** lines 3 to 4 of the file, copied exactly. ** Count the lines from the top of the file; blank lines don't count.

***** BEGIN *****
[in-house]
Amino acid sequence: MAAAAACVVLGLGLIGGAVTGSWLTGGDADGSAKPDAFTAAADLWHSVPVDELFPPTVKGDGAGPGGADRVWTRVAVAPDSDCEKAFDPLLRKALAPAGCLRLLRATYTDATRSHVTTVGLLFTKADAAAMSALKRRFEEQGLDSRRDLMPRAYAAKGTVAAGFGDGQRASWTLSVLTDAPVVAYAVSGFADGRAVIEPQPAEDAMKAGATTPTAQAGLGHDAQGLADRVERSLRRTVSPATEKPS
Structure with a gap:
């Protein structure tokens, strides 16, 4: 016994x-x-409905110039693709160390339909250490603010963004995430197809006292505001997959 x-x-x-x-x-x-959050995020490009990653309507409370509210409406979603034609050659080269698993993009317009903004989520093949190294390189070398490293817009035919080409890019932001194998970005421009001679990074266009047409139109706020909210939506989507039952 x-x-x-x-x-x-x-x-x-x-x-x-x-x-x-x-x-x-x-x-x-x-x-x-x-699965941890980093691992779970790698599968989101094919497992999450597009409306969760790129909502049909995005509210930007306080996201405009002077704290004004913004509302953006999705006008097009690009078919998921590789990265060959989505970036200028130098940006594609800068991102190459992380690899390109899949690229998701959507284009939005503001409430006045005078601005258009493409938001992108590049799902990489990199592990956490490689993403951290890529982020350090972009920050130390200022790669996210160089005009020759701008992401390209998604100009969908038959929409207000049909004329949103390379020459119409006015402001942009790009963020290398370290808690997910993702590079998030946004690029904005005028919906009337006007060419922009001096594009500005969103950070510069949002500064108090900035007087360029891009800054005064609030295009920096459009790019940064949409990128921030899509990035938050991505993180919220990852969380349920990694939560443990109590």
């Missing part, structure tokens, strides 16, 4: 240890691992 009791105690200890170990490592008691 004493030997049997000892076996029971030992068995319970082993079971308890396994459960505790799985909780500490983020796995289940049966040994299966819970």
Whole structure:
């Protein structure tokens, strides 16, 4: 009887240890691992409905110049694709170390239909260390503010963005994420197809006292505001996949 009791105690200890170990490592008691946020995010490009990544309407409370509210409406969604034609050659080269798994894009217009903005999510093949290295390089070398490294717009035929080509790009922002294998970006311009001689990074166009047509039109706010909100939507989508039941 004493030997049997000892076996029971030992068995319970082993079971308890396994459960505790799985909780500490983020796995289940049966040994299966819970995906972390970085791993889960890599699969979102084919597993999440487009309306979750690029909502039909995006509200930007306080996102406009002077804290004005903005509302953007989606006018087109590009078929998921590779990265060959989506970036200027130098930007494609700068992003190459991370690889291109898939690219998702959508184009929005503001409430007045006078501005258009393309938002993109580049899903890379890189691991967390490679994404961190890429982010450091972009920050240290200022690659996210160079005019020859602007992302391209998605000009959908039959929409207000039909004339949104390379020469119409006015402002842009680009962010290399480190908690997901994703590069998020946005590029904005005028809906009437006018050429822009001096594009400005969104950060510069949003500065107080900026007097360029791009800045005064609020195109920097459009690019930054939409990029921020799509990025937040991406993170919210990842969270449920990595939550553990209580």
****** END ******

Structure with a gap:
């Protein structure tokens, strides 16, 4: 016994x-x-409905110039693709160390339909250490603010963004995430197809006292505001997959 x-x-x-x-x-x-959050995020490009990653309507409370509210409406979603034609050659080269698993993009317009903004989520093949190294390189070398490293817009035919080409890019932001194998970005421009001679990074266009047409139109706020909210939506989507039952 x-x-x-x-x-x-x-x-x-x-x-x-x-x-x-x-x-x-x-x-x-x-x-x-x-699965941890980093691992779970790698599968989101094919497992999450597009409306969760790129909502049909995005509210930007306080996201405009002077704290004004913004509302953006999705006008097009690009078919998921590789990265060959989505970036200028130098940006594609800068991102190459992380690899390109899949690229998701959507284009939005503001409430006045005078601005258009493409938001992108590049799902990489990199592990956490490689993403951290890529982020350090972009920050130390200022790669996210160089005009020759701008992401390209998604100009969908038959929409207000049909004329949103390379020459119409006015402001942009790009963020290398370290808690997910993702590079998030946004690029904005005028919906009337006007060419922009001096594009500005969103950070510069949002500064108090900035007087360029891009800054005064609030295009920096459009790019940064949409990128921030899509990035938050991505993180919220990852969380349920990694939560443990109590």